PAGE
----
Part 2: Body as Gift

Choosing to shamelessly indulge in whatever, whenever, and actually viewing my lack of self-control positively, has been a game-changer. As a result, I’ve been happier these past couple months than maybe ever. Hallelujah! 

So happy, that is, until I find myself in front of a mirror. Which is often. 

Ugh. 

Because it is then, despite my greatest effort to override the destructive thought patterns, that I find myself instantly, almost like on autopilot, slipping into cruel comparison between myself today and the former version of myself - a self that was essentially being manipulated in some way since the age of 13. I’ve been ashamed to witness myself longing to be as thin as her again, beating myself up for lacking the self-discipline to get back to her.

Whyyyyy can’t I just be free from this? Forever. Please.

Is it not so painfully unfair that otherwise contented and healthy women can feel utter despair in their bodies simply because those bodies have evolved, and because a quest for thinness is engrained in us to be the ultimate goal?

Well, I’ve recently had another big moment. I’ve decided that I’m not buying into this nonsense anymore. Adios. Farewell. I’m moving on. I refuse to allow superficial criteria determine my value, or that of anyone else. There is greater depth to human beings, and so many infinitely more important issues on this planet into which I want to pour my energy instead. 

So when that unwelcome, awful voice starts to chime in now, I consciously stop it in its tracks before it can completely hijack my mind. Instead, I choose to give thanks for all that my body allows me to do, and I choose to see beauty; I am consciously retraining my brain and thought processes. It definitely feels stupid at times, but I get up in the morning and go straight to the mirror to say “I love you” and variations of “You’re a strong, happy, confident babe,” when my automatic tendency would be to immediately hone in on my arms that are bigger than they used to be, or my stomach that isn’t quite as toned. With enough practice I'm confident these new thoughts will fill my mind just as quickly as the negative ones that have so easily weaseled their way into my joy for so many years. Try it, too?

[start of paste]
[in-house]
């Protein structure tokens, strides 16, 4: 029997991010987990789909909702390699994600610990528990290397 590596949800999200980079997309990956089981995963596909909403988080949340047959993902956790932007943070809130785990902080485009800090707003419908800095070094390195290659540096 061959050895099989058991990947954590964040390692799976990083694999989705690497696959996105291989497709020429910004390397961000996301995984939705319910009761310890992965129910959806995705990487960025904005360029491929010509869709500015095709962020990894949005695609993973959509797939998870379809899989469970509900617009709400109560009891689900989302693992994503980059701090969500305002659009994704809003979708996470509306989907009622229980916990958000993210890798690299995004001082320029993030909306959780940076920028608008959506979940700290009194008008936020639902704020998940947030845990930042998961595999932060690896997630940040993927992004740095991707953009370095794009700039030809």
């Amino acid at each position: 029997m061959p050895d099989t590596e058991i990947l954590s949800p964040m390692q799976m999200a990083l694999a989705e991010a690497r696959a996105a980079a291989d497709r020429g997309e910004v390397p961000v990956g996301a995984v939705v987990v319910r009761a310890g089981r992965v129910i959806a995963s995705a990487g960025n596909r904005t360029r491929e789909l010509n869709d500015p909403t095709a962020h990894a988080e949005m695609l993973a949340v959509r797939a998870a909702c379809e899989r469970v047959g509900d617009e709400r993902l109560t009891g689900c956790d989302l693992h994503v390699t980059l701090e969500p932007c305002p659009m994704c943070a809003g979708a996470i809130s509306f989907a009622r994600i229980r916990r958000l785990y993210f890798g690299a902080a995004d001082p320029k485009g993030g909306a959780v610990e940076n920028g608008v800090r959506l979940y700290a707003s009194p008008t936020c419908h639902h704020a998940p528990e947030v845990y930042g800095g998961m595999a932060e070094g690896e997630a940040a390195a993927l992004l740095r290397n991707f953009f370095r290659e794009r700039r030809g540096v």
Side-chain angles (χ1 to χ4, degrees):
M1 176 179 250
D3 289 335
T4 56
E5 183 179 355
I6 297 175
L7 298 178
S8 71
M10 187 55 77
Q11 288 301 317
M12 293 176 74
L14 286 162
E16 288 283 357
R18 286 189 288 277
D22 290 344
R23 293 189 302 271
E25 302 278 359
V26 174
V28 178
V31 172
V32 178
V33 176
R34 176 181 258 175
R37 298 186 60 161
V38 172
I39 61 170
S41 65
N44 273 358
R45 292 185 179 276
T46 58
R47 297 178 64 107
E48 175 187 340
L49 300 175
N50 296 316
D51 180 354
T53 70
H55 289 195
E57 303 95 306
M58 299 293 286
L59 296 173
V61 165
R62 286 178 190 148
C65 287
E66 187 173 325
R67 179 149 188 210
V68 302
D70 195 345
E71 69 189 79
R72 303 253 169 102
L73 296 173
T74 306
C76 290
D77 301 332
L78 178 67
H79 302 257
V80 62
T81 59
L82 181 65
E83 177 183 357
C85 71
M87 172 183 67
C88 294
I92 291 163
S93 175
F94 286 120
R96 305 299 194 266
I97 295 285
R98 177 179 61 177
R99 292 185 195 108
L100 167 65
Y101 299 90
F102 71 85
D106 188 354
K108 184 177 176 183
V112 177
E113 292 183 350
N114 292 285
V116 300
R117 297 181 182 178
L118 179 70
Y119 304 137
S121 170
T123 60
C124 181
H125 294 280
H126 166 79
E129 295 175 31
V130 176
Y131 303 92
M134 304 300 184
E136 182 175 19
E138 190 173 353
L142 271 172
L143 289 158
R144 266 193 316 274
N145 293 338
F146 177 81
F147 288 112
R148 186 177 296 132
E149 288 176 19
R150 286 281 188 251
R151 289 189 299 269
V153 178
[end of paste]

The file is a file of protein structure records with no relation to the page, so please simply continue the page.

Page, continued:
Despite being firmly committed to eradicating the entrenched beliefs about beauty that run rampant in our culture, and being equally as committed to my journey of self-acceptance, there are definite moments of uneasiness. I’ve felt uncomfortable in my new body. Criticized it. Felt disgusting at times. Dreaded getting naked. Grabbed at fat I wish I could just cut off. And in those moments I often think that it actually would be easier to just declare that this self-love shit is far too hard and just force myself to lose 20 lbs so that I once again meet the narrow standard of beauty I once held for myself, and the standard of beauty society holds for us. But then this cycle of mine would only continue, with superficial preoccupation remaining, and I just can't bare that. I really, truly, can’t.

So I’m now choosing to embark on the harder path. I’m going to do “the work.” The real, emotional, ugly work, so that this veil of judgment is lifted for good. I’m going to stay put in the uncomfortableness of embracing myself as I am, completely. Today. No diet. No prerequisites. It will eventually become more comfortable. I am going to stick with this until my enjoyment in any given situation is not impacted by the way I look, or how I stack up against the other women around me, which has been the case for so long. I will also no longer support the idea that there is only one version of me that I will accept, and that life will be unsatisfactory whenever I stray from that version. I urge you to do the same.